EU Referendum

EU Referendum: designation - the war of words


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The battle for designation took on another twist on Tuesday with the publication on Conservative Home of a self-serving eulogy from Mark Wallace, about his former boss Matthew Elliott, stressing his suitability to lead the "leave" campaign.

About the same time, we were criticising John Springford of the Centre for European Reform for not declaring a financial interest when propagandising about the Norway option. It is only fair then that we should note Mark Wallace was telling us that:
… it should be clear which organisation is best equipped to lead the Leave side. That organisation is the Elliott/Cummings campaign, and as long-standing supporters of Brexit we look forward to its launch
… without him disclosing his relationship with his former boss, and that they are very close friends and associates.

The omission brought a sharp rejoinder from Peter North - and deservedly so. There is no reason why Wallace should not speak up for Elliott, but not to declare his relationship is underhand.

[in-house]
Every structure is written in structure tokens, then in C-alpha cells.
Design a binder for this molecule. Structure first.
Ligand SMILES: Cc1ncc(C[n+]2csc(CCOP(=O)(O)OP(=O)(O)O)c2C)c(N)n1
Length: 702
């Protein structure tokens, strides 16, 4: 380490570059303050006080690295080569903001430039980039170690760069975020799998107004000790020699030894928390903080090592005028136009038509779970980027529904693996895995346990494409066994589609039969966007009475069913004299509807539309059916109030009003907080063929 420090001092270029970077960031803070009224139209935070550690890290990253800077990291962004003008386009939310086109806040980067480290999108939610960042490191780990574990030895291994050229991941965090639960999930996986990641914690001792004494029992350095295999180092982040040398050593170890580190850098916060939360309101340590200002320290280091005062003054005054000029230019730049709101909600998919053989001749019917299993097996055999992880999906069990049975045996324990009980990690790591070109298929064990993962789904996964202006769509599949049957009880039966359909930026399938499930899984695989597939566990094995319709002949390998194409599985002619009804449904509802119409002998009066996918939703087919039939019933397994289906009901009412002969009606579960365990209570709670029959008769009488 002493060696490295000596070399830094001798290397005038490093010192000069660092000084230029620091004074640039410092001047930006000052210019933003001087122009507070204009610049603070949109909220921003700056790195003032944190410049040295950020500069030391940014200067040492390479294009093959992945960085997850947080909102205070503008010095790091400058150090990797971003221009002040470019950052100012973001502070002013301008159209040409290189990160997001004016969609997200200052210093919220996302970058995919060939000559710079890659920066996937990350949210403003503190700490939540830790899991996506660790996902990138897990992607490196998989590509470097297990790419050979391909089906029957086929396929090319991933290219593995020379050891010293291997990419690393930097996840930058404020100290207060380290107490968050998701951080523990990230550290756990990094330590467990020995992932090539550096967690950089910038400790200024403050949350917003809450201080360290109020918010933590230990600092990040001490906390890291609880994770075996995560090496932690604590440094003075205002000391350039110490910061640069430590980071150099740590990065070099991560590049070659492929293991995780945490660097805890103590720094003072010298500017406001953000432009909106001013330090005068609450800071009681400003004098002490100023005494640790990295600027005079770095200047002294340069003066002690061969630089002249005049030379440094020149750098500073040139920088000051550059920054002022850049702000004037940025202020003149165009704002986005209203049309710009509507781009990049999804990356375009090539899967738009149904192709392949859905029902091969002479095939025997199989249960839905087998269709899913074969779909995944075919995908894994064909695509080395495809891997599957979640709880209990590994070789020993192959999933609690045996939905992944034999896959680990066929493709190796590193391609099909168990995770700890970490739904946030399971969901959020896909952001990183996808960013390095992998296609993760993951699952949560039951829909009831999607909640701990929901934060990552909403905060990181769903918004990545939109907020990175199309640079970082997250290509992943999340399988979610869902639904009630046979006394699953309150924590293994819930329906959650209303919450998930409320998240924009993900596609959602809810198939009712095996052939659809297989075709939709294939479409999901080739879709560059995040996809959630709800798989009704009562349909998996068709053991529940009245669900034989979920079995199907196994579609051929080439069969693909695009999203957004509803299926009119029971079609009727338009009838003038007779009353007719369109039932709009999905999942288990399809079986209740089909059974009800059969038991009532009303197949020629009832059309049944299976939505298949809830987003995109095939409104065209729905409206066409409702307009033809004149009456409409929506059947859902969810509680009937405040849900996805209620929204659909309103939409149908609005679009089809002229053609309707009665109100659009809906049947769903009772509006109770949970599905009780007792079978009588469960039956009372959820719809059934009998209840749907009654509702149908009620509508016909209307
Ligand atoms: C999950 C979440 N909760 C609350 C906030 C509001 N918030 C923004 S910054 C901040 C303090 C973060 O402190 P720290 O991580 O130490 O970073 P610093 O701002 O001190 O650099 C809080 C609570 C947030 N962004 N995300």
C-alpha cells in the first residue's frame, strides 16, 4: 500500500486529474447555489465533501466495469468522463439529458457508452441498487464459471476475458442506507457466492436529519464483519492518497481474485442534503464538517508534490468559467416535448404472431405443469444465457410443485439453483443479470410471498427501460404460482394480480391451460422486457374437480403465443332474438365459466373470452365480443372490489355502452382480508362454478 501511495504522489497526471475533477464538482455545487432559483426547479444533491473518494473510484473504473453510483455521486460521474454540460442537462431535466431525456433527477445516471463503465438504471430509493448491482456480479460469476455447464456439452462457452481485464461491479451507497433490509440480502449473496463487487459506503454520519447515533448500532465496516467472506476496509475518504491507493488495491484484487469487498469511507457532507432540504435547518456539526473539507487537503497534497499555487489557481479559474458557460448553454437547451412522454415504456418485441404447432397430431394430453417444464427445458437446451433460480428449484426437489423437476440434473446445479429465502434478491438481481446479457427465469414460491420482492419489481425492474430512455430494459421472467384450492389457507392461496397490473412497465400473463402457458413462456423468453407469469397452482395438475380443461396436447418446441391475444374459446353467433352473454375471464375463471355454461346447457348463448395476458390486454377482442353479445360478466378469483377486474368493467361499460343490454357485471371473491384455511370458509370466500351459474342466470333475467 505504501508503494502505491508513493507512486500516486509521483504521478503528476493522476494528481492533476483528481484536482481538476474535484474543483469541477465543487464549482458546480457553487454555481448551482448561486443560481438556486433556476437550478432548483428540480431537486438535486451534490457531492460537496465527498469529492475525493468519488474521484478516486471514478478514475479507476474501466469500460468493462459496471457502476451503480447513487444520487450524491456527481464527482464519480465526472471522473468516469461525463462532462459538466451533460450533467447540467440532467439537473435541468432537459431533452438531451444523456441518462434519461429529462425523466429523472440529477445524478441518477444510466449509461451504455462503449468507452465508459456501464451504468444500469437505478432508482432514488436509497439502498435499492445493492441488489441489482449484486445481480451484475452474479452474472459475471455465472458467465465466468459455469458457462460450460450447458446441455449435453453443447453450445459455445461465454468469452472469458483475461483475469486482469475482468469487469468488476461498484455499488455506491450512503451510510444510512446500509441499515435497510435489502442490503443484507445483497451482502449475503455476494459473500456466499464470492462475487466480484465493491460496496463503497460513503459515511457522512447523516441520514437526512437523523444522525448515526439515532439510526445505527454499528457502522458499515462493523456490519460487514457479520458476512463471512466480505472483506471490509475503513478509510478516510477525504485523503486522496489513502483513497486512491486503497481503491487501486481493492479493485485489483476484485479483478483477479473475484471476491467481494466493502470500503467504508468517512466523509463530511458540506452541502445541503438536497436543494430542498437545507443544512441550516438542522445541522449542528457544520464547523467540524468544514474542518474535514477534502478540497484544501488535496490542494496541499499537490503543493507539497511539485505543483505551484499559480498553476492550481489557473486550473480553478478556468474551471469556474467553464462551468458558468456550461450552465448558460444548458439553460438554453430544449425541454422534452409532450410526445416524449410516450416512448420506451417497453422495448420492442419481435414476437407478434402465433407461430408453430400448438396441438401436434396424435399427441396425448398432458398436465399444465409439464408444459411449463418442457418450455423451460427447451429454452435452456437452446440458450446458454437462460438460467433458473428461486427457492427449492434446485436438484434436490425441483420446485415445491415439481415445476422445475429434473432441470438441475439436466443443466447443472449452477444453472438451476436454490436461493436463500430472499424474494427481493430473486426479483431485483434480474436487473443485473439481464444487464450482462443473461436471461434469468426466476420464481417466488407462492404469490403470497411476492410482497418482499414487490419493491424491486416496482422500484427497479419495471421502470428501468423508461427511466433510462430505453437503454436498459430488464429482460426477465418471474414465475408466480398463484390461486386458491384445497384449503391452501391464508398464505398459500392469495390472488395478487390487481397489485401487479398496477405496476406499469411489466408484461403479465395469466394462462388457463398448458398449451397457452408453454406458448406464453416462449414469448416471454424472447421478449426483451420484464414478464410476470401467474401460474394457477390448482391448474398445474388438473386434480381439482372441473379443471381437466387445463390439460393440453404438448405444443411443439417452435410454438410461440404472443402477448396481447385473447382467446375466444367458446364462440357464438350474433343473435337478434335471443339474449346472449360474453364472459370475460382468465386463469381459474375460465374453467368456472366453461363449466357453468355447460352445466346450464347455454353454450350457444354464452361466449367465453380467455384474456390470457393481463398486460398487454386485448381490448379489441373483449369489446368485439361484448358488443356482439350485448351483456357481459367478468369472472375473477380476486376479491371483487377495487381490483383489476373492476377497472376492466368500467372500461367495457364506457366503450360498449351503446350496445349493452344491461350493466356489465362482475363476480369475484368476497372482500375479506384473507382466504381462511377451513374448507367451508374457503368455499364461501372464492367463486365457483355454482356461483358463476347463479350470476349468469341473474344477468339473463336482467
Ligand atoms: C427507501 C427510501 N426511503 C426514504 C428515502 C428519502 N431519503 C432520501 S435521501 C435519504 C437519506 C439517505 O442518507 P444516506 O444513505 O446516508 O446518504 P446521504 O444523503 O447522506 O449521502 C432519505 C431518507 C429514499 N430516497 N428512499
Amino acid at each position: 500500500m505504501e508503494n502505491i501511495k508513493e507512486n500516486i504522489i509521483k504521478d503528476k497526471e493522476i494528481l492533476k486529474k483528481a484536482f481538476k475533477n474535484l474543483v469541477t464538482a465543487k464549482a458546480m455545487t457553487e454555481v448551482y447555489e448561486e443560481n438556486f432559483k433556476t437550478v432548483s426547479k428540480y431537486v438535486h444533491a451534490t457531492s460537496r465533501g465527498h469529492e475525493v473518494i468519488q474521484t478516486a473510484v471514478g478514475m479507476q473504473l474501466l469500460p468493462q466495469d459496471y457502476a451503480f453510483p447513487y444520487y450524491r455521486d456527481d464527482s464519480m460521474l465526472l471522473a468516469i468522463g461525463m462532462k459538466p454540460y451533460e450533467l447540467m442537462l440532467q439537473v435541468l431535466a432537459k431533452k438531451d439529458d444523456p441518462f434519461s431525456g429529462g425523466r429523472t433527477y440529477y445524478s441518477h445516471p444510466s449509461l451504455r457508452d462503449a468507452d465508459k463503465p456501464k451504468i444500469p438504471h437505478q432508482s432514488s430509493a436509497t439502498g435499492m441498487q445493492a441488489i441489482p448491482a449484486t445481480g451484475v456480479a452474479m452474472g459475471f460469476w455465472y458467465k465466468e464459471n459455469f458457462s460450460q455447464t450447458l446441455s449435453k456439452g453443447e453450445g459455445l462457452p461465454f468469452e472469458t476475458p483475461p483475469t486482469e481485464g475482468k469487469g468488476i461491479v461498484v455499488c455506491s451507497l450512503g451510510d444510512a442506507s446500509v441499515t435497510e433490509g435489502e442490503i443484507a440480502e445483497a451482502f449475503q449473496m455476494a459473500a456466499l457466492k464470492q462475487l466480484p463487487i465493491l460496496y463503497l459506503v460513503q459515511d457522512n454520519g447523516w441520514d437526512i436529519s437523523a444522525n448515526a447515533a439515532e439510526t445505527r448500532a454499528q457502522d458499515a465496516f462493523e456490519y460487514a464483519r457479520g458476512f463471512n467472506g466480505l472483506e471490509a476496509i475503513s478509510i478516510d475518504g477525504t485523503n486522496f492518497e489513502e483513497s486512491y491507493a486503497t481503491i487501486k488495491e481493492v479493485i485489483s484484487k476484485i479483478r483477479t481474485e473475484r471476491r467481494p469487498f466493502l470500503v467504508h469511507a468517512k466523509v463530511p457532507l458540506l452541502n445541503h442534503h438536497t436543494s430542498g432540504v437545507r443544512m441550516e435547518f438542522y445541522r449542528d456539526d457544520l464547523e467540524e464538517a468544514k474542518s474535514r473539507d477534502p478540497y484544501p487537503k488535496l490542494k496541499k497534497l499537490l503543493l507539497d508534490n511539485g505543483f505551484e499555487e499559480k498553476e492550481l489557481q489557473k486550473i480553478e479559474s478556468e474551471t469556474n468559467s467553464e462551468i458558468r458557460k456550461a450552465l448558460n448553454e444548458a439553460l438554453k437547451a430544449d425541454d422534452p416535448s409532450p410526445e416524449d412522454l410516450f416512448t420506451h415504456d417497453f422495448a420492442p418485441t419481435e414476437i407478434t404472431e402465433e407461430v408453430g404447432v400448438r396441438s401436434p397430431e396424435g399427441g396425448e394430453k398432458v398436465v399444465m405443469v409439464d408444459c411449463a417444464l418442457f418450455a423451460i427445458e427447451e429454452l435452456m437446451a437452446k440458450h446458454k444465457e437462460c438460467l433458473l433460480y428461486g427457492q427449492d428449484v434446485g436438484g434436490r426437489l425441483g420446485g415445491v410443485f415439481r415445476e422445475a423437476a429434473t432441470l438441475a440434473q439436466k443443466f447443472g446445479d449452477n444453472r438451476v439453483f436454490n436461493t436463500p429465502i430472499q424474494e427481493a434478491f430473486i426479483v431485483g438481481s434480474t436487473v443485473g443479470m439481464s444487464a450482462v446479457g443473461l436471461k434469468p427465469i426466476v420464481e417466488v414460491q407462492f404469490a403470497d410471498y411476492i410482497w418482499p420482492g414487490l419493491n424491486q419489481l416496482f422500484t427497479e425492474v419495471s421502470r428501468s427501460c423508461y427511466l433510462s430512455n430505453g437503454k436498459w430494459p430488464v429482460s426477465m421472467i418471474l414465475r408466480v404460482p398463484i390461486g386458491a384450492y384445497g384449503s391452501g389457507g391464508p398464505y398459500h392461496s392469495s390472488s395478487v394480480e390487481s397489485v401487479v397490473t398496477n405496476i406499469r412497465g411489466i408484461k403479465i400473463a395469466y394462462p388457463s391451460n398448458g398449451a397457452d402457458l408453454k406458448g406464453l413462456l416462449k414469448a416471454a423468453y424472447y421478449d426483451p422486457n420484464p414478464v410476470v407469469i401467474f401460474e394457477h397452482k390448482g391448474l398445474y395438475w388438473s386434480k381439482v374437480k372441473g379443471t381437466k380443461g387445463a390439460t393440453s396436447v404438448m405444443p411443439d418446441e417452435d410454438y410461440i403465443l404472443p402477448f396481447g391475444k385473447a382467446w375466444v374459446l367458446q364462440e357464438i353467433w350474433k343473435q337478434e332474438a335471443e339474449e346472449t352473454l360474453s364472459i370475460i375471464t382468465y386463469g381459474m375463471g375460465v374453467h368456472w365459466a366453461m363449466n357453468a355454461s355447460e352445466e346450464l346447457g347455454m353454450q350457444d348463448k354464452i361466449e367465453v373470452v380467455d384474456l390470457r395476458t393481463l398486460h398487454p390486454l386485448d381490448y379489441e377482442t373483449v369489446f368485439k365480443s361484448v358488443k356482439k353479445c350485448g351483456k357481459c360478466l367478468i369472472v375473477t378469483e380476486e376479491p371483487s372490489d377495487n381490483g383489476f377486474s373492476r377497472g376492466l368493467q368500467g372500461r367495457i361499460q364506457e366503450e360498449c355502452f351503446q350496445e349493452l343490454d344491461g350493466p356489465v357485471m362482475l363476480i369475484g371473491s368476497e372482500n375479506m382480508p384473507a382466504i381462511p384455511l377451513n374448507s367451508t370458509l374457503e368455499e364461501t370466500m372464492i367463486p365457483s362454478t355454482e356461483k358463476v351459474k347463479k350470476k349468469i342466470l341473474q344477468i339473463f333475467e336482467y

Mind, the very fact that the eulogy appeared on Conservative Home says something. The website is part of the Message Space nexus, the operation set up by Paul Staines (of Guido Fawkes notoriety), and Jag Singh. Both are close friends of Elliott, and were co-investors in his Wess Digital enterprise, as charted by The Boiling Frog.

It is also the case that after Elliott had taken over the reins of the No2AV campaign, he appointed his friend and business associate Jag Singh as Digital Director, who then appointed Message Space - the company in which he had a financial interest - as the campaign's digital agency.

Singh himself was awarded over £30,000-worth of contracts in the immediate run-up to the ballot in May 2011 - paid to a Hong Kong bank - and Message Space was paid over £65,000, which including on 5 May – days before the poll – the biggest 1-day-blitz online ad buy in UK political history. One should note that Conservative Home - then under the proprietorship of Tim Montgomerie - was a major beneficiary.

After the campaign, it was interesting to note that Montgomerie awarded Elliott the accolade of, "probably the most effective political campaigner that Britain has produced in a generation". That was despite his having brought the No2AV campaign so close to the brink of disaster that it required the direct intervention of the Prime Minister to rescue it, thereby nearly achieving the impossible - losing an unlosable campaign.

Given past form, though, it now stands to reason that if Mr Elliott captures the much larger franchise for the EU "leave" campaign – worth up to £7 million – his operation could be similarly generous in rewarding its friends and associates with contracts and purchases. Con Home, in this event, might expect to gain additional advertising and cannot, therefore, be considered an entirely neutral player.